CITY HALL — The City Council voted Tuesday to give final approval to an ordinance allowing a modest trailer park to be replaced with hundreds of high-end condos and apartments, possibly ending a six-year battle over the future of some of this beachfront city’s last inexpensive housing.
Or it may not be. The council was also scheduled to meet behind closed doors later Tuesday to discuss the possibility of a lawsuit, which some residents have threatened to bring if the razing of the 1950s-era Village Trailer Park is approved.
“That’s a possibility because it’s a breach of our Fourth Amendment rights,” said 30-year resident Ralph Meyer, citing the constitutional right of people to be secure in their homes.
After months of debate before various municipal agencies, the City Council voted to adopt an ordinance allowing the park, which sits on 3.8 acres, to be replaced with 377 condos and apartments and thousands of square feet of office and retail space.
Mayor Pro Tem Gleam Davis voted against the development. Councilman Kevin McKeown initially voted against the development, but changed his vote so he could have greater input in future discussions.
One of McKeown’s talking points Tuesday night focused on the amount of affordable housing included in the project. Santa Monica’s Affordable Housing Production Program requires additional affordable housing be included in projects or paid for with an in-lieu fee for areas zoned for multi-family use.
The mobile home designation carried by the Village Trailer Park property had such zoning, McKeown said, and therefore there was not enough affordable housing included in the project or dealt with through an in-lieu fee.
Staff disagreed, saying that the land under the Village Trailer Park had been zoned for an industrial use before the new mobile home designation was created and that the decision was consistent with how other affordable housing decisions had been made in the past.
McKeown’s yes vote, although contrary to any position he took that night, preserves his ability to bring back issues with the project, including the discussion of affordable housing.
Village Trailer Park was the last of two small, rent-controlled trailer parks remaining in this upscale city of 90,000, and is a throwback to Santa Monica’s more modest days.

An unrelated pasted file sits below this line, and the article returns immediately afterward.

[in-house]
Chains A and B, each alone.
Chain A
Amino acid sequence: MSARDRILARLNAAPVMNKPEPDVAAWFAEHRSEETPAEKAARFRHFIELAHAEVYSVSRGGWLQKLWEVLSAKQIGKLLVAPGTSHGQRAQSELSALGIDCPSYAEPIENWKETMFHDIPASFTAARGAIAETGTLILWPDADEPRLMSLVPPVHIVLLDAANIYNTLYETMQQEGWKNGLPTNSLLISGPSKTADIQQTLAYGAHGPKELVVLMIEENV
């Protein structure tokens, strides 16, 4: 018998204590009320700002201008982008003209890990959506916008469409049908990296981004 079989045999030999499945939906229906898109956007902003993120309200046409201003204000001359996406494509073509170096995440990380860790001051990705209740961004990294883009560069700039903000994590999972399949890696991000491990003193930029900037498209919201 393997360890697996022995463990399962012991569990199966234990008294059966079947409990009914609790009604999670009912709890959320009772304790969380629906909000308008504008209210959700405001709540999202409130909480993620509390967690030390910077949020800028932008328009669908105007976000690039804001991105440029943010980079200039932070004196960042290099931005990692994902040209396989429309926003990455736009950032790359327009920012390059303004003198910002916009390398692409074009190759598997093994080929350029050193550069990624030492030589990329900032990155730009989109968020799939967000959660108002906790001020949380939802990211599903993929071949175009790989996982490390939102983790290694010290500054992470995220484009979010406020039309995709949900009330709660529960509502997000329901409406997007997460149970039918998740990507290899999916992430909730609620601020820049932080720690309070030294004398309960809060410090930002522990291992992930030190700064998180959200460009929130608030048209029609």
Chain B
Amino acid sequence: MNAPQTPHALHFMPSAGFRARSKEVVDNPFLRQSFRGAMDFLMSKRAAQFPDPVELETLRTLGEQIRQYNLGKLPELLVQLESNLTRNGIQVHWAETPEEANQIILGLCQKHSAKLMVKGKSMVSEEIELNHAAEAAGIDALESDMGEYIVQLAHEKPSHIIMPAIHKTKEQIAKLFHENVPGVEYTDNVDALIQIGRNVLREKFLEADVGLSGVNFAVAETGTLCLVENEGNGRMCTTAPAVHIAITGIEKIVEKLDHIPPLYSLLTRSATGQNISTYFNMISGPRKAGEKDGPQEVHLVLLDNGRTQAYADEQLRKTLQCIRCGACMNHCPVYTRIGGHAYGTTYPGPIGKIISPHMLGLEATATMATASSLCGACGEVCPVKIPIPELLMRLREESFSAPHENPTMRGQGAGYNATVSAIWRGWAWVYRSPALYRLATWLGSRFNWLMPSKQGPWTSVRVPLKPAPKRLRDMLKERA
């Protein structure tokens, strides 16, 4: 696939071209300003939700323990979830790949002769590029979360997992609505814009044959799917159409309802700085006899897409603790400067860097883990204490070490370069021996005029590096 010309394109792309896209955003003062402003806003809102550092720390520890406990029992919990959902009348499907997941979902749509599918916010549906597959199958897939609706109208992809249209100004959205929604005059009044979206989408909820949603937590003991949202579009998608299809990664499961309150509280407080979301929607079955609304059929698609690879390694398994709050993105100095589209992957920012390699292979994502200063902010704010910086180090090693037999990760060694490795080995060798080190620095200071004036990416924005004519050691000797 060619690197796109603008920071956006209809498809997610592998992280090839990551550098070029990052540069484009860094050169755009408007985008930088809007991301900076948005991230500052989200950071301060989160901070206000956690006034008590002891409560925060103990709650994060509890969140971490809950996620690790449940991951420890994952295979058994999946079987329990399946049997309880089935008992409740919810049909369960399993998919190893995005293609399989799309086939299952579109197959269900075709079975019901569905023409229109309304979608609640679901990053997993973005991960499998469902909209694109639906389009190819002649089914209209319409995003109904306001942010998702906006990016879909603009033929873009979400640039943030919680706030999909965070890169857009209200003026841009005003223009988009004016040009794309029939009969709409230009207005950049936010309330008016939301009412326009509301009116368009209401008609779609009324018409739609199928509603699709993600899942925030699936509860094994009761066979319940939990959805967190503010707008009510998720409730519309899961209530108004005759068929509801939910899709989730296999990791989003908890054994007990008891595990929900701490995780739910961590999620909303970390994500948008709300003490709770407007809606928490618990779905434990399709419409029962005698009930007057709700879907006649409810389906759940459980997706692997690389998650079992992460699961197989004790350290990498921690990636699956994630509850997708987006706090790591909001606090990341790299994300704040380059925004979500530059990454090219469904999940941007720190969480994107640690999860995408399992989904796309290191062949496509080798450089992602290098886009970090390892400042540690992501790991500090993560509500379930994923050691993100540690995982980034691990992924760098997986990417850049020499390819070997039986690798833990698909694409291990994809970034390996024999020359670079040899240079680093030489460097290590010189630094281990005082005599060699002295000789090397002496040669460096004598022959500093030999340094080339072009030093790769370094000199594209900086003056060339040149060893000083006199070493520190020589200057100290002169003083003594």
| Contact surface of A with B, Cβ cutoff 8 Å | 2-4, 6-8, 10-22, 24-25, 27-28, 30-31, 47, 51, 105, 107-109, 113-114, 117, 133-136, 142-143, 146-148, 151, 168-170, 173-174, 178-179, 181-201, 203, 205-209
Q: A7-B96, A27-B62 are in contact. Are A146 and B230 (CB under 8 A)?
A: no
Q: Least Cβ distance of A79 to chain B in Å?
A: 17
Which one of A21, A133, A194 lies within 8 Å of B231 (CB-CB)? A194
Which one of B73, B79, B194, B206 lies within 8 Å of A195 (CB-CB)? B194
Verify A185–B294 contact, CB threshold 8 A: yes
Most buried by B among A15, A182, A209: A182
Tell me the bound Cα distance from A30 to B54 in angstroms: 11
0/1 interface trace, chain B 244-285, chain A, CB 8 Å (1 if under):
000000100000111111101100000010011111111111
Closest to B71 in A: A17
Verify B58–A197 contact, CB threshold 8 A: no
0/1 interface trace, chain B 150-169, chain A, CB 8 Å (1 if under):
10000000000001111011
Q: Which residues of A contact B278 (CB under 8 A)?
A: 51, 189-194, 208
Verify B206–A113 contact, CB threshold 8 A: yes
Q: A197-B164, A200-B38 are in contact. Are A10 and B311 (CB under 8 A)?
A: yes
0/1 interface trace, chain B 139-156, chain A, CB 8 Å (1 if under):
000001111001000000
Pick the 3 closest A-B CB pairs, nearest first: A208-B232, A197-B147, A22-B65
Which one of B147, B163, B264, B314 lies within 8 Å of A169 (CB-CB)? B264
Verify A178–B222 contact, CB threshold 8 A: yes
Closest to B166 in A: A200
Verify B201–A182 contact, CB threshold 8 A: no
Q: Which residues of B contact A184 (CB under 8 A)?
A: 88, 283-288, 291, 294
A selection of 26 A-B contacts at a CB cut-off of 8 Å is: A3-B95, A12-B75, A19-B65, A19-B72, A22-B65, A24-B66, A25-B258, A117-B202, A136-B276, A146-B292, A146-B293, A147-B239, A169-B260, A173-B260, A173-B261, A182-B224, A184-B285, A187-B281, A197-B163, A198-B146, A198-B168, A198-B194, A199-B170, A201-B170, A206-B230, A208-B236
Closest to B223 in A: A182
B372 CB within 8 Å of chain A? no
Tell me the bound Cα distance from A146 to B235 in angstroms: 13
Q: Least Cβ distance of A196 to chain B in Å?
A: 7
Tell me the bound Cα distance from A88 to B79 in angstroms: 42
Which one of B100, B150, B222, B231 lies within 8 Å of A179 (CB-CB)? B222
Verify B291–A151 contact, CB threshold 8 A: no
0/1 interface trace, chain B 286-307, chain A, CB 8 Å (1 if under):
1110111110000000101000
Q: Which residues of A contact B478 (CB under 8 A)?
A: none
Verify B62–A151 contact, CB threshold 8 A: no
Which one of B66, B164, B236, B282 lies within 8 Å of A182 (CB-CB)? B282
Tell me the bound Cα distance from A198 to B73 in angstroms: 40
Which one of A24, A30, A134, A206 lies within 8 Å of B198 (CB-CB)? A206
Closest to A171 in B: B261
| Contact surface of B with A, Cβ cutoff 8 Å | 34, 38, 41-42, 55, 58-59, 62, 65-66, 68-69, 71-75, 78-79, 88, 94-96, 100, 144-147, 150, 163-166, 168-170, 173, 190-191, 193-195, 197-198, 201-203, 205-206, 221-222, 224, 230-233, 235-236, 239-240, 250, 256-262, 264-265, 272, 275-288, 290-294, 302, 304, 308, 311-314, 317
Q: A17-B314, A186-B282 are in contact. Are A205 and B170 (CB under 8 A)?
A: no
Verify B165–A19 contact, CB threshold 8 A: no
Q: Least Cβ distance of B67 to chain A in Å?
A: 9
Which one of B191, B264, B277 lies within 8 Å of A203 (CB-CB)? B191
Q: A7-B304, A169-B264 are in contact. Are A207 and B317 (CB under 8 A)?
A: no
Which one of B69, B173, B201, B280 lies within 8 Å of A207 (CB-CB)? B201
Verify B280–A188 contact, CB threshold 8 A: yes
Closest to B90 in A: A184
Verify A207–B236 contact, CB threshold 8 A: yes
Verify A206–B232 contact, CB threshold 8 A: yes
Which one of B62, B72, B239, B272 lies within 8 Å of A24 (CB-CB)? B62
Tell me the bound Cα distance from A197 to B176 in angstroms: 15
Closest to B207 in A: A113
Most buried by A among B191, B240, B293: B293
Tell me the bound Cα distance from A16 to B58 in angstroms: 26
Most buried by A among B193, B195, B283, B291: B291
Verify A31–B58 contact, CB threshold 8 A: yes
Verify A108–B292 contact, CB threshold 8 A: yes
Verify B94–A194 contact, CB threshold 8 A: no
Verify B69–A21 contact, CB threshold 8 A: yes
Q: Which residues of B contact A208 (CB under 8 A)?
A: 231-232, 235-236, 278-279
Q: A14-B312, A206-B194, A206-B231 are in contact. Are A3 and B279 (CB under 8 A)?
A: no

As much of the rest of the city was redeveloping during the past 30 years, the park, 2 miles east of the Pacific Ocean, went largely unnoticed. Rents for mobile home spaces range from about $370 to $410 a month in a city where the tiniest apartments routinely fetch five times that much.
For the past six years, developer Marc Luzzatto has been attempting to close the park and remove its old-fashioned trailers, many no bigger than modern-day SUVs. He said last July that it is no longer economically feasible to operate.
As longtime residents have died or moved out in recent years, their trailers have been removed and spaces left vacant. Only 47 homes now remain in a park built to hold 109.
Luzzatto has offered residents as much as $20,000 to relocate, as well as the opportunity to move into one of the new apartments, saying he’ll match the rent they currently pay for between four and seven-and-a-half years depending on their income level.
After the vote, resident David Latham called the results criminal and said the options he and others have been offered are far inferior to their current lifestyle.
“What we had here is not replaceable, especially for people at our income level,” he said.
Latham said residents have little choice but to hire lawyers and continue the fight to keep their homes. He said the matter will now go to the Rent Control Board.
Luzzatto has also said he’ll buy new mobile homes for those who want and place them in the city’s one remaining trailer park.
Meyer is skeptical of that offer, saying he recently visited the other mobile home park.
“The manager there told me there are no vacancies, and there’s a waiting list,” he said.
Daily Press Staff Writer Ashley Archibald contributed to this report.